There are two major differences between the issue agendas of Muslim voters and the rest of the UK electorate polled by Savanta. One is that Muslim voters are much more likely to regard the Israel/Palestine conflict as one of their top five issues (44% compared to 12% of the UK at large). The other is that Muslims are much less likely to regard immigration as a top five issue (25%, compared to 41% of the UK as a whole).

The relative lack of emphasis on immigration means that Muslims are probably less likely to respond to Conservative campaigning on the issue, and particularly unlikely to vote for Nigel Farage’s Reform UK party, which scores a measly 1% of the Muslim vote in the poll. Muslims may also see the issue of immigration differently; rather than fear of the other, they may focus on matters such as the way the system treats families seeking reunion.

Labour has undoubtedly lost Muslim voters to the Greens and Lib Dems because of Israel/Palestine. The exodus of those who backed the party in 2019 has continued since Savanta’s last poll in November, despite Labour shifting its position towards supporting a ceasefire — but has been counterbalanced by the party gaining votes from ex-Conservatives. Savanta’s research offers an insight into the risks Labour is running, but also into how it might mitigate those risks.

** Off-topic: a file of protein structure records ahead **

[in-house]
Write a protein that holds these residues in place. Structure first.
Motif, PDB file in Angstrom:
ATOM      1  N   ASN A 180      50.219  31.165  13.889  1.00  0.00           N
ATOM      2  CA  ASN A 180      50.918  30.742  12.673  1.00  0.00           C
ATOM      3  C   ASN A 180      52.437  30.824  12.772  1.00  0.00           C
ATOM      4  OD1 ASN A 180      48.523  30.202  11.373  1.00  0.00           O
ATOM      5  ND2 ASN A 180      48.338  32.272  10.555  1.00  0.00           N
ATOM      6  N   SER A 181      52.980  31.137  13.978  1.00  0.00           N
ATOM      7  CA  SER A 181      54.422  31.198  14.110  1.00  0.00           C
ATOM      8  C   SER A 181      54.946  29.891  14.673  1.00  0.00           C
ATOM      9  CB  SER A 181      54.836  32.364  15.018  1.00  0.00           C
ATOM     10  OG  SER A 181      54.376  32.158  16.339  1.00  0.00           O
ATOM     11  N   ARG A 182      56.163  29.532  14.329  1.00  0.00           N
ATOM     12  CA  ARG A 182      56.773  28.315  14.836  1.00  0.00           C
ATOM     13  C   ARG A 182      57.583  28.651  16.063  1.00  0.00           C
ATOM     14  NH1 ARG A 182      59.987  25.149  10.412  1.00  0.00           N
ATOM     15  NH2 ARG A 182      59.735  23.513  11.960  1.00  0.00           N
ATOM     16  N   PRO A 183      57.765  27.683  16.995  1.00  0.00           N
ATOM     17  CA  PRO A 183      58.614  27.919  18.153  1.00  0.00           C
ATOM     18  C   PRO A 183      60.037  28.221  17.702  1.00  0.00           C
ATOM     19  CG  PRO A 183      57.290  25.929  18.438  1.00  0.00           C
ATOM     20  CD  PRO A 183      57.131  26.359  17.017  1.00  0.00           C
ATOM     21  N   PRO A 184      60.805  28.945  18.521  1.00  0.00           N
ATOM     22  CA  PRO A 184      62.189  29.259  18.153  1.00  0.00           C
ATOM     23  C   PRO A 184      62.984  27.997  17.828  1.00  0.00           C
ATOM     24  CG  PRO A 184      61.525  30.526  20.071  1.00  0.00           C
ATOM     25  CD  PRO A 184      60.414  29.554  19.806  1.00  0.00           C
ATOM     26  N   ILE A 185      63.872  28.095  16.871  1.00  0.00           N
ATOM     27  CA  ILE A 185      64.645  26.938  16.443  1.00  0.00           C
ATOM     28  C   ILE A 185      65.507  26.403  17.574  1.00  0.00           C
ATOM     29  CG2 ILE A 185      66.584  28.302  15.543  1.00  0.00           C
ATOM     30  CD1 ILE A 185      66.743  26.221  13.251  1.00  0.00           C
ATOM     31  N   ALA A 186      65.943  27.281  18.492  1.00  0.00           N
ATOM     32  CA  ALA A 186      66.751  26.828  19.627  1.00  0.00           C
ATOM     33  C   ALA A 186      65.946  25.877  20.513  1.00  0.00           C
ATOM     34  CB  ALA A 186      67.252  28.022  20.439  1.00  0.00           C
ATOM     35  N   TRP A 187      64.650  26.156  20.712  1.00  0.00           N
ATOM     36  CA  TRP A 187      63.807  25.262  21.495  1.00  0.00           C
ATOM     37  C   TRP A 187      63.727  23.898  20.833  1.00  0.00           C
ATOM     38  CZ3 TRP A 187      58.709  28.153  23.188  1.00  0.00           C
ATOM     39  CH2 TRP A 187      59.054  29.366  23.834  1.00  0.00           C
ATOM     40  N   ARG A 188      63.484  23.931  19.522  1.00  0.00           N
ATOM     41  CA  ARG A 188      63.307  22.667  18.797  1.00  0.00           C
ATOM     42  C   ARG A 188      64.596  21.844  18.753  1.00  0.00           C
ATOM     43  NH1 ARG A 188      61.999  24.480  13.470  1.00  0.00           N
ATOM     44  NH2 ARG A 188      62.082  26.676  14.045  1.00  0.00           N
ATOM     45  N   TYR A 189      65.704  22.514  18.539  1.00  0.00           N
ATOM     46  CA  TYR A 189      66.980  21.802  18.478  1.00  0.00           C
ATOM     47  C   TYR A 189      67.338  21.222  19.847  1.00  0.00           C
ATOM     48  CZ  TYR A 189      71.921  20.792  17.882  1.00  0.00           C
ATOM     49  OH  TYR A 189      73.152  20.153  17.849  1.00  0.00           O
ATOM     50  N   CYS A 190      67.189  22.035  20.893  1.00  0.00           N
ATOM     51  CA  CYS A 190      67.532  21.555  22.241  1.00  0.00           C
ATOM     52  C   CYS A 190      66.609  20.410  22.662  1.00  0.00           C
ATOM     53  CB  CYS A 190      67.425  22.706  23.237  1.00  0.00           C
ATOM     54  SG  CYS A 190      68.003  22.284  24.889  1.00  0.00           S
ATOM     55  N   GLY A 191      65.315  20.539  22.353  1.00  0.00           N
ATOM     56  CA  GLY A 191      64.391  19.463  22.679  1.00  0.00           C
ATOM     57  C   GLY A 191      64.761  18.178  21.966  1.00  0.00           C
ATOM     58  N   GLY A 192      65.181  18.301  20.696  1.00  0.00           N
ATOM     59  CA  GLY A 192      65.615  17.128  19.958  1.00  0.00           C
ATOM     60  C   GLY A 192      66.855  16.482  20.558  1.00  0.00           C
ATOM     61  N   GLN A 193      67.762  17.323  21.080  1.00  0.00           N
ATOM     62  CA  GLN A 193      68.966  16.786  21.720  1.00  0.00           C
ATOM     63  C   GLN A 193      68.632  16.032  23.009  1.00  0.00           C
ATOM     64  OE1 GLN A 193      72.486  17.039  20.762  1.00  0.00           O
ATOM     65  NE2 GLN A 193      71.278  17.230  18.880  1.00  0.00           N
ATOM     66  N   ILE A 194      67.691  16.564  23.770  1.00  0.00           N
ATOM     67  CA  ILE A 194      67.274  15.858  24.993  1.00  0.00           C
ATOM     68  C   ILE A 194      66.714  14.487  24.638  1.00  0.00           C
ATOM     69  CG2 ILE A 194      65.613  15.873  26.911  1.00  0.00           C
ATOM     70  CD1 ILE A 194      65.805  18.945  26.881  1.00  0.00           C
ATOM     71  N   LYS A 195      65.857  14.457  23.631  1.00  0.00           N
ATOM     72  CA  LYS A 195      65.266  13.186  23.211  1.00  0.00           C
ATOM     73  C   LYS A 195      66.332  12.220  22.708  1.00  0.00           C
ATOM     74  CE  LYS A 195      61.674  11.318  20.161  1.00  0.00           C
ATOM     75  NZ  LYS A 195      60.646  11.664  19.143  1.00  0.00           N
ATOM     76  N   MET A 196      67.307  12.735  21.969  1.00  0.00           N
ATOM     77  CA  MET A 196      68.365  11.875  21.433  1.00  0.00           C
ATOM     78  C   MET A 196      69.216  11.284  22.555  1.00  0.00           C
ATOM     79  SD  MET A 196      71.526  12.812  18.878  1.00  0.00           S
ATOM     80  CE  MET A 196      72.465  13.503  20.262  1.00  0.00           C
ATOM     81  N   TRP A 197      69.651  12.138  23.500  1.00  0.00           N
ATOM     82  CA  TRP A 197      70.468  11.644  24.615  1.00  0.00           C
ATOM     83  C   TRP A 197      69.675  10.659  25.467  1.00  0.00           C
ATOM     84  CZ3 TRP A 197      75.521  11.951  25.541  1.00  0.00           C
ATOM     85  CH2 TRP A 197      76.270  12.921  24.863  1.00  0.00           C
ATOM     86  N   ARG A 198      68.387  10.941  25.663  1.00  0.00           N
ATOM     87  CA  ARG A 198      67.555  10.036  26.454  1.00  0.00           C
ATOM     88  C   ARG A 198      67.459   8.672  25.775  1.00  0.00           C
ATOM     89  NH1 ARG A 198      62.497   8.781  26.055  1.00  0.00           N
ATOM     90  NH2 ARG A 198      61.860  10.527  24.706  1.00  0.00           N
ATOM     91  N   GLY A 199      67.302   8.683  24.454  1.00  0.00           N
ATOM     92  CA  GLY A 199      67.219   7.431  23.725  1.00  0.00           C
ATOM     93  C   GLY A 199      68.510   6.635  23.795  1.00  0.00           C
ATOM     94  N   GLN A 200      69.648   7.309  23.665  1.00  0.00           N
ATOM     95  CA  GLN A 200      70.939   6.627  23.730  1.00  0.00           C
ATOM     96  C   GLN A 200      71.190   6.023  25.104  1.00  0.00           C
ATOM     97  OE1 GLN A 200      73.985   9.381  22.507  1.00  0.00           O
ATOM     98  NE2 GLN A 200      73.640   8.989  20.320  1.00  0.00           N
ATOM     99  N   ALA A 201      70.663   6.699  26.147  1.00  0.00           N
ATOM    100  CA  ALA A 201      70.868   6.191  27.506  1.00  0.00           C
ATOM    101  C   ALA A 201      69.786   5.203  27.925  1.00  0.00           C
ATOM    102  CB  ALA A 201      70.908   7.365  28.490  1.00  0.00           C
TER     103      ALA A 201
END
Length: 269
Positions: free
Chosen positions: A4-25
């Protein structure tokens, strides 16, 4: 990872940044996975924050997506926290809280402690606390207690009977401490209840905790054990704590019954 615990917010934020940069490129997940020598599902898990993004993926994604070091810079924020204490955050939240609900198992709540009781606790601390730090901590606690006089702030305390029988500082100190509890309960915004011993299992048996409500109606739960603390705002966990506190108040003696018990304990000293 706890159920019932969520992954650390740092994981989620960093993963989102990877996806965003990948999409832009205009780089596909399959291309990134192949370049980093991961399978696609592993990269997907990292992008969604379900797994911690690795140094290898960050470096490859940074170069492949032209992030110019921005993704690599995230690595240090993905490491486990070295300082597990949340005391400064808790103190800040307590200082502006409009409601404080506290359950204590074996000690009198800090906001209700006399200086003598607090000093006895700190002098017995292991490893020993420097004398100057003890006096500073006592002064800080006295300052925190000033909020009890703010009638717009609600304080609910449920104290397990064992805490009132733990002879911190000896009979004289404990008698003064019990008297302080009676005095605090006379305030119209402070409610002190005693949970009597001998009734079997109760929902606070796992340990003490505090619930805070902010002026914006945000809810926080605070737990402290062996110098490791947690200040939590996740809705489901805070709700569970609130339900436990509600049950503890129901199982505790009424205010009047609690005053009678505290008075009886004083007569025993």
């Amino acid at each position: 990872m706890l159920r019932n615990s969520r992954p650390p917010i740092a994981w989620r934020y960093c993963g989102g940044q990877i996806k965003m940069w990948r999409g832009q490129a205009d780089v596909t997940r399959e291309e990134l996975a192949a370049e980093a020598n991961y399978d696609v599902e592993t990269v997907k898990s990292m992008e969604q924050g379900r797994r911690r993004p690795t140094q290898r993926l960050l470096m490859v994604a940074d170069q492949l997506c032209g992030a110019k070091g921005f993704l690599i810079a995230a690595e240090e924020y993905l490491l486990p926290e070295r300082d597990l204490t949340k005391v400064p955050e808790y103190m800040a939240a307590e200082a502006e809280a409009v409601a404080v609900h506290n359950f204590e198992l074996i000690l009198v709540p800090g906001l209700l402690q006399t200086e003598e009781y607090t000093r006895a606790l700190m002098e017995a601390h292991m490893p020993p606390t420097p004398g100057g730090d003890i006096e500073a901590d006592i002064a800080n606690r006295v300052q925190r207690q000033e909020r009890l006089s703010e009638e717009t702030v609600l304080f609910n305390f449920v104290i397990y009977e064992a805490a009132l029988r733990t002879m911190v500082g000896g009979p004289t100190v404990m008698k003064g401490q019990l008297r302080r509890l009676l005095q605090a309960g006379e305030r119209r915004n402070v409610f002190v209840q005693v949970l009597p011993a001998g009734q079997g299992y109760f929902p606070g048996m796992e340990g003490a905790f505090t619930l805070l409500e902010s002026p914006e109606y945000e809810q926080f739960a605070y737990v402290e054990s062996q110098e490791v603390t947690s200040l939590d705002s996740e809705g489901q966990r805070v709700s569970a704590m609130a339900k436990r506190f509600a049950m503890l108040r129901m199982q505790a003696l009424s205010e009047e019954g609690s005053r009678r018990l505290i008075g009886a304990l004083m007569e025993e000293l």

In theory, there is great potential for independent candidates campaigning on the issue of the Israel/Palestine conflict. Of the 44% of Muslims who ranked the conflict in their top five issues, the vast majority (86%) said they would consider voting for a pro-Palestine independent. That would amount to 38% of Muslim voters in total; coupled with support from non-Muslims who feel strongly about Israel/Palestine, that is enough to be in contention in several parliamentary constituencies with significant Muslim populations. 

But this requires credible independent candidates, of whom there is a limited supply, and understanding how many independents might actually be elected requires specific seat-by-seat knowledge of local campaigns and communities. The poll also suggests that, even though there are strong views on Gaza, Labour’s advantage on other issues — and the party’s image of listening to and representing Muslims — may enable it to resist the challenge of independents in many constituencies with big Muslim communities.